Full Species Range Map
Click Map to Enlarge
Habitat
Marine. Found well out to sea and in protected, relatively shallow bays and lagoons and the shallow water between reefs and the shore.

Notes on Taxonomy
No subspecies are recognized.


Alternate and Previous Names (Synonyms)

Lepidochelys olivacea - Olive Ridley Sea Turtle (Stebbins & McGinnis 2012)
Lepidochelys olivacea - Pacific Ridley (Stebbins 1966, 2003)

Conservation Issues  (Conservation Status)
Endangered.

Although it is the most numerous species of sea turtles, Olive Ridley populations are declining. Nesting no longer occurs on some formerly heavily-used beaches. Eggs and turtle flesh are eaten by humans and the hide is used for leather, with turtles often slaughtered on or offshore of the nesting beaches during the nesting season, contributing to a decline in reproduction.

Other causes for the decline of sea turtles include the development and degradation of nesting beaches, degradation of feeding habitats, entanglement of turtles in fishing nets, including discarded nets, and ingestion of plastic garbage, especially plastic grocery bags (which look like jellyfish floating on the surface) and offshore boats moving so quickly that turtles are not able to move out of the way fast enought to avoid being killed or injured. Some authorities also question whether humans handling nesting females and doing research on nesting beaches is stressing the turtles and lowering reproduction and survivorship.
Taxonomy
Family Cheloniidae Sea Turtles Oppel, 1811
Genus Lepidochelys Ridley Sea Turtles Fitzinger, 1843
Species

olivacea Olive Ridley Sea Turtle (Eschscholtz, 1829)
Original Description
Lepidochelys olivacea - (Eschscholtz, 1829) - Zool. Atlas, Pt. 1, p. 2, pl. 3

from Original Description Citations for the Reptiles and Amphibians of North America © Ellin Beltz

Meaning of the Scientific Name
Lepidochelys - Greek - lepido - scaled, and chelys - turtle
olivacea
- Latin - olive olive green, and -acea - having the nature or color of - probbly refers to the color

from Scientific and Common Names of the Reptiles and Amphibians of North America - Explained © Ellin Beltz

Alternate Names
Olive Ridley
Pacific Ridley

Related or Similar California Turtles
C. caretta - Loggerhead Sea Turtle

C. mydas - Green Sea Turtle

E. i. bissa - Pacific Hawksbill Sea Turtle

D. coriacea - Leatherback Sea Turtle

More Information and References
National Oceanic and Atmospheric Administration - Olive Ridley Sea Turtle

California Department of Fish and Wildlife

NMFS


Stebbins, Robert C., and McGinnis, Samuel M.  Field Guide to Amphibians and Reptiles of California: Revised Edition (California Natural History Guides) University of California Press, 2012.

Stebbins, Robert C. California Amphibians and Reptiles. The University of California Press, 1972.

Stebbins, Robert C. A Field Guide to Western Reptiles and Amphibians. 3rd Edition. Houghton Mifflin Company, 2003.

Behler, John L., and F. Wayne King. The Audubon Society Field Guide to North American Reptiles and Amphibians. Alfred A. Knopf, 1992.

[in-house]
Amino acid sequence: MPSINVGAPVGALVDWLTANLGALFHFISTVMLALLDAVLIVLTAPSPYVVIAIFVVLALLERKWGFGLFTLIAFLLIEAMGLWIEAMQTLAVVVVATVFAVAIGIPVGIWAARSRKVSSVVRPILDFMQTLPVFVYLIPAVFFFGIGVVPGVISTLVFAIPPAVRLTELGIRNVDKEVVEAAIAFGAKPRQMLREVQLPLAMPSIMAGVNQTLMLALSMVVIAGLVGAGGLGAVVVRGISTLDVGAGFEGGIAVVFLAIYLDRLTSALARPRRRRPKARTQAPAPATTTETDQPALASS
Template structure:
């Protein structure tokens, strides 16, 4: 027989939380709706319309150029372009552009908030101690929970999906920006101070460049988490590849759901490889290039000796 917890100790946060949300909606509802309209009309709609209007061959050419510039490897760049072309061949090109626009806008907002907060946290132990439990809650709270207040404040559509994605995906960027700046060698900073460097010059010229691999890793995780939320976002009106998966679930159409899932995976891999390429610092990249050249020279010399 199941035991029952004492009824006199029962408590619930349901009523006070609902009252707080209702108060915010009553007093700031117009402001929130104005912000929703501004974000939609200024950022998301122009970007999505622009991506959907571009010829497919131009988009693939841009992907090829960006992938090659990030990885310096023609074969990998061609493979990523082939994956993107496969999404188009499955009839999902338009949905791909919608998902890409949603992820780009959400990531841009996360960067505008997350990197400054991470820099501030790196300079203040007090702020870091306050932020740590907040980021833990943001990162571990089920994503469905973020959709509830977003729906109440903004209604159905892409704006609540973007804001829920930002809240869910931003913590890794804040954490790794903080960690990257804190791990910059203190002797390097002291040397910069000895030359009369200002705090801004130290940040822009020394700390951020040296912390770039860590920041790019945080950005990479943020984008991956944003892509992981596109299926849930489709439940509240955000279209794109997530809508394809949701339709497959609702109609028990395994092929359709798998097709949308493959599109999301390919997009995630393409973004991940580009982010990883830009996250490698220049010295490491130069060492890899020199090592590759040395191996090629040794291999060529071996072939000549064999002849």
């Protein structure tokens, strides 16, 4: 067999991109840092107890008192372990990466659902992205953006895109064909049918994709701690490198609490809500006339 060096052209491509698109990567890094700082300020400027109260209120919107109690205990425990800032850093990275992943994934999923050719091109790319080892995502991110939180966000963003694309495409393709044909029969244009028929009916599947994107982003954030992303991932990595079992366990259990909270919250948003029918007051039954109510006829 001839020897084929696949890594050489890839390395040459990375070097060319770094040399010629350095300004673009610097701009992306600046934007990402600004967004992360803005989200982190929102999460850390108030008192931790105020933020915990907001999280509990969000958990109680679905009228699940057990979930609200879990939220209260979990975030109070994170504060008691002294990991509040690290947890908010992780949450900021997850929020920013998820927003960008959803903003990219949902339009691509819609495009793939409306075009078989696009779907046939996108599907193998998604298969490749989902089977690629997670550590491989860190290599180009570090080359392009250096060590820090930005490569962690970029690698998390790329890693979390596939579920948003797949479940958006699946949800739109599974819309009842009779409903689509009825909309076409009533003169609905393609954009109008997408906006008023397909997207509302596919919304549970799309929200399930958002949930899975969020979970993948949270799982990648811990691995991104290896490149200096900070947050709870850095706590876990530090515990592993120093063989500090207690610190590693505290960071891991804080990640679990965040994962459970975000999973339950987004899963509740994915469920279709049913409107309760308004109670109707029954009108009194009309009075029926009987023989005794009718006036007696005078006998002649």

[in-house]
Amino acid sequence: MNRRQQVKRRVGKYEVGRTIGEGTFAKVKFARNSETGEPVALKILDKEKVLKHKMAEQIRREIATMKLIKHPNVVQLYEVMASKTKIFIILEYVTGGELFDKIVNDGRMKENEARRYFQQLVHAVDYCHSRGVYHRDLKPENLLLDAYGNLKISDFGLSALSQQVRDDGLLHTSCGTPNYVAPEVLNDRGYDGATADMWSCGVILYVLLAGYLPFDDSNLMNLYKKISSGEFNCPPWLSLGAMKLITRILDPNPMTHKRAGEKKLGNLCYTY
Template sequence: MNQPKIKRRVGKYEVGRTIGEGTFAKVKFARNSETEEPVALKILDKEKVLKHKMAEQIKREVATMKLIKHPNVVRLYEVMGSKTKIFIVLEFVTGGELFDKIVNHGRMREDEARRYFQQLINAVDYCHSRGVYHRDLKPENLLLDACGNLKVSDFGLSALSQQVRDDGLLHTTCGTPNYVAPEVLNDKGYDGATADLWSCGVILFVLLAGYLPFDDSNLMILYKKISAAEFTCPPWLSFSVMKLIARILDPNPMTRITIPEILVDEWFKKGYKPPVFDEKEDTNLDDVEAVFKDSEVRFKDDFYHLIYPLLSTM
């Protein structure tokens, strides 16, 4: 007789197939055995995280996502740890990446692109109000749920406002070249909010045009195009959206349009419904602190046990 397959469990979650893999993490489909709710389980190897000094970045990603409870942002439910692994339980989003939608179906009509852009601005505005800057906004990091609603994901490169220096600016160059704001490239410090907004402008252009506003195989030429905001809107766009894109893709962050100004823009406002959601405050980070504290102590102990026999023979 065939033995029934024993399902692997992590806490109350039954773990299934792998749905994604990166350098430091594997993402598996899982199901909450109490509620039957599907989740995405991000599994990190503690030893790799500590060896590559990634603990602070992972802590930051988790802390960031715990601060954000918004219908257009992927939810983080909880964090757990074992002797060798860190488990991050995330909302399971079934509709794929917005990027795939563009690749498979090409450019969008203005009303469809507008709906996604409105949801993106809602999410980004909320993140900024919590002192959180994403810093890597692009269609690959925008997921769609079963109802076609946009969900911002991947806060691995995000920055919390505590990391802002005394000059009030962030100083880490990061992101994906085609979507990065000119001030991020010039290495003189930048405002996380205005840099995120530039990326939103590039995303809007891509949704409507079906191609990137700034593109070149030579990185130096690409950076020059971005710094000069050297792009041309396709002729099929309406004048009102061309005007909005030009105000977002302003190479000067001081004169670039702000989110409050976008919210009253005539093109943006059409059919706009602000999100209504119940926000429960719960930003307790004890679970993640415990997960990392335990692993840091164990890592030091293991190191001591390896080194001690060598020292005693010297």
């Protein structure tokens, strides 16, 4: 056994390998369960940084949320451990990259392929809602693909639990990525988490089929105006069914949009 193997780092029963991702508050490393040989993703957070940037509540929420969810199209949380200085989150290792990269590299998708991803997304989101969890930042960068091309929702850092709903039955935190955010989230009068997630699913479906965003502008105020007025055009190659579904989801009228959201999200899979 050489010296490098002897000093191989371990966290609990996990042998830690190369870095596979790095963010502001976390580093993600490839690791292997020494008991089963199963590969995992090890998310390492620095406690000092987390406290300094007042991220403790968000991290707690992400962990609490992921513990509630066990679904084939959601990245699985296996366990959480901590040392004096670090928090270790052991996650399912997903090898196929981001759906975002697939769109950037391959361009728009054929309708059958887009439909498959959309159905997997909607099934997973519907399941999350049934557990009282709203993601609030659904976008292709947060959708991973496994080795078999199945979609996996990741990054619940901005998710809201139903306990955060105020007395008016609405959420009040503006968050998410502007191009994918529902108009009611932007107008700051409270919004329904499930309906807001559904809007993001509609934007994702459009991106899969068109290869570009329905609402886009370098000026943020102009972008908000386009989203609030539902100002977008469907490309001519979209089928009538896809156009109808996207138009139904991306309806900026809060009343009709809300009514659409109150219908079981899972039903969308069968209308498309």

Powell, Robert., Joseph T. Collins, and Errol D. Hooper Jr. A Key to Amphibians and Reptiles of the Continental United States and Canada. The University Press of Kansas, 1998.

Bartlett, R. D. & Patricia P. Bartlett. Guide and Reference to the Turtles and Lizards of Western North America (North of Mexico) and Hawaii. University Press of Florida, 2009.

Carr, Archie. Handbook of Turtles: The Turtles of the United States, Canada, and Baja California. Cornell University Press, 1969.

Ernst, Carl H., Roger W. Barbour, & Jeffrey E. Lovich. Turtles of the United States and Canada. Smithsonian Institution 1994. (2nd Edition published 2009)

Lemm, Jeffrey. Field Guide to Amphibians and Reptiles of the San Diego Region (California Natural History Guides). University of California Press, 2006.

Range and Nesting Information has been adapted from a number of sources, including:

Sea Turtle Conservancy

National Oceanic and Atmospheric Administration

Wickipedia

Witherington, Blair E. Sea Turtles: An Extroardinary Natural History of Some Uncommon Turtles. Voyageur Press, 2006.

Spotila, James R. Sea Turtles: A Complete Guide to Their Biology, Behavior, and Conservation. The Johns Hopkins University Press and Oakwood Arts, 2004.

Perrine, Doug. Sea Turtles of the World. Voyageur Press, Inc., 2003.

Arnold, E. Nicholas, and Denys W. Ovenden. Reptiles and Amphibians of Europe. Princeton University Press and Oxford, 2002.

Conservation Status

The following status listings come from the Special Animals List and the Endangered and Threatened Animals List which are published by the California Department of Fish and Wildlife.


This turtle is not included on the Special Animals List, which indicates that there are no significant conservation concerns for it in California, however it is endangered worldwide.


Organization
Status Listing
NatureServe Global Ranking
NatureServe State Ranking
U.S. Endangered Species Act (ESA) FT - 7/28/78 Threatened
California Endangered Species Act (CESA) None
California Department of Fish and Wildlife None
Bureau of Land Management None
USDA Forest Service None
IUCN